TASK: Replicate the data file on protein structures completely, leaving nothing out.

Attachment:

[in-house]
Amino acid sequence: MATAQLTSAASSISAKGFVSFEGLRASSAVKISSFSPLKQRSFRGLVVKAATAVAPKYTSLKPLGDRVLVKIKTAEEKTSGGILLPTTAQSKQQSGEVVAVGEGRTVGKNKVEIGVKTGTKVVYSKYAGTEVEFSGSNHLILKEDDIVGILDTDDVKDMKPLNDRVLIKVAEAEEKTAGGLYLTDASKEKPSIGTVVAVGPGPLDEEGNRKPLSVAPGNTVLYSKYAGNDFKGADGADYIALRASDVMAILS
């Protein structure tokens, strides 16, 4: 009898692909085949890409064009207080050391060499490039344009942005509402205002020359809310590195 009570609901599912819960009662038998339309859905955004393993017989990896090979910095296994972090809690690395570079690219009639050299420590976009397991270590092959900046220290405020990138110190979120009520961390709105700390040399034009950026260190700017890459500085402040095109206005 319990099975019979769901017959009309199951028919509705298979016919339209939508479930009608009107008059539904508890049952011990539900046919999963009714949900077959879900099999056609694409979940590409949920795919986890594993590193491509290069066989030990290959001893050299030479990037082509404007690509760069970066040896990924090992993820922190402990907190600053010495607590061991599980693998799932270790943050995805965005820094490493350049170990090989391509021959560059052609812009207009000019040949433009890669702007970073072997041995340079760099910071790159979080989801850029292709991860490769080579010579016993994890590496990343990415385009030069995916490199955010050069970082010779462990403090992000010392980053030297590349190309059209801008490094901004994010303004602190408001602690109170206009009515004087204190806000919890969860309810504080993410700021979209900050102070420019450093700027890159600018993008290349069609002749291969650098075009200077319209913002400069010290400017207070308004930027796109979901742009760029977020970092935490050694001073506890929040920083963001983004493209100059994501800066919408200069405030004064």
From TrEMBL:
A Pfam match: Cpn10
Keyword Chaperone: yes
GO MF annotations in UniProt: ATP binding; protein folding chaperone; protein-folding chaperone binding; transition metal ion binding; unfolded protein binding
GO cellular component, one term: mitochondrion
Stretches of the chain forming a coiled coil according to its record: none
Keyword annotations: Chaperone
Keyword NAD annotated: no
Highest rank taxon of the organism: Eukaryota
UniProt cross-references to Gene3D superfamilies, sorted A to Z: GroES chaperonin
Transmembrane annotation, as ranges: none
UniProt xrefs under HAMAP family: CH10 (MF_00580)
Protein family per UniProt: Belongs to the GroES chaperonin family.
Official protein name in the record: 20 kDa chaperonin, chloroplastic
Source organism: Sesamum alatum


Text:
[in-house]
Amino acid sequence: MATAQLTSAASSISAKGFVSFEGLRASSAVKISSFSPLKQRSFRGLVVKAATAVAPKYTSLKPLGDRVLVKIKTAEEKTSGGILLPTTAQSKQQSGEVVAVGEGRTVGKNKVEIGVKTGTKVVYSKYAGTEVEFSGSNHLILKEDDIVGILDTDDVKDMKPLNDRVLIKVAEAEEKTAGGLYLTDASKEKPSIGTVVAVGPGPLDEEGNRKPLSVAPGNTVLYSKYAGNDFKGADGADYIALRASDVMAILS
């Protein structure tokens, strides 16, 4: 009898692909085949890409064009207080050391060499490039344009942005509402205002020359809310590195 009570609901599912819960009662038998339309859905955004393993017989990896090979910095296994972090809690690395570079690219009639050299420590976009397991270590092959900046220290405020990138110190979120009520961390709105700390040399034009950026260190700017890459500085402040095109206005 319990099975019979769901017959009309199951028919509705298979016919339209939508479930009608009107008059539904508890049952011990539900046919999963009714949900077959879900099999056609694409979940590409949920795919986890594993590193491509290069066989030990290959001893050299030479990037082509404007690509760069970066040896990924090992993820922190402990907190600053010495607590061991599980693998799932270790943050995805965005820094490493350049170990090989391509021959560059052609812009207009000019040949433009890669702007970073072997041995340079760099910071790159979080989801850029292709991860490769080579010579016993994890590496990343990415385009030069995916490199955010050069970082010779462990403090992000010392980053030297590349190309059209801008490094901004994010303004602190408001602690109170206009009515004087204190806000919890969860309810504080993410700021979209900050102070420019450093700027890159600018993008290349069609002749291969650098075009200077319209913002400069010290400017207070308004930027796109979901742009760029977020970092935490050694001073506890929040920083963001983004493209100059994501800066919408200069405030004064």
From TrEMBL:
A Pfam match: Cpn10
Keyword Chaperone: yes
GO MF annotations in UniProt: ATP binding; protein folding chaperone; protein-folding chaperone binding; transition metal ion binding; unfolded protein binding
GO cellular component, one term: mitochondrion
Stretches of the chain forming a coiled coil according to its record: none
Keyword annotations: Chaperone
Keyword NAD annotated: no
Highest rank taxon of the organism: Eukaryota
UniProt cross-references to Gene3D superfamilies, sorted A to Z: GroES chaperonin
Transmembrane annotation, as ranges: none
UniProt xrefs under HAMAP family: CH10 (MF_00580)
Protein family per UniProt: Belongs to the GroES chaperonin family.
Official protein name in the record: 20 kDa chaperonin, chloroplastic
Source organism: Sesamum alatum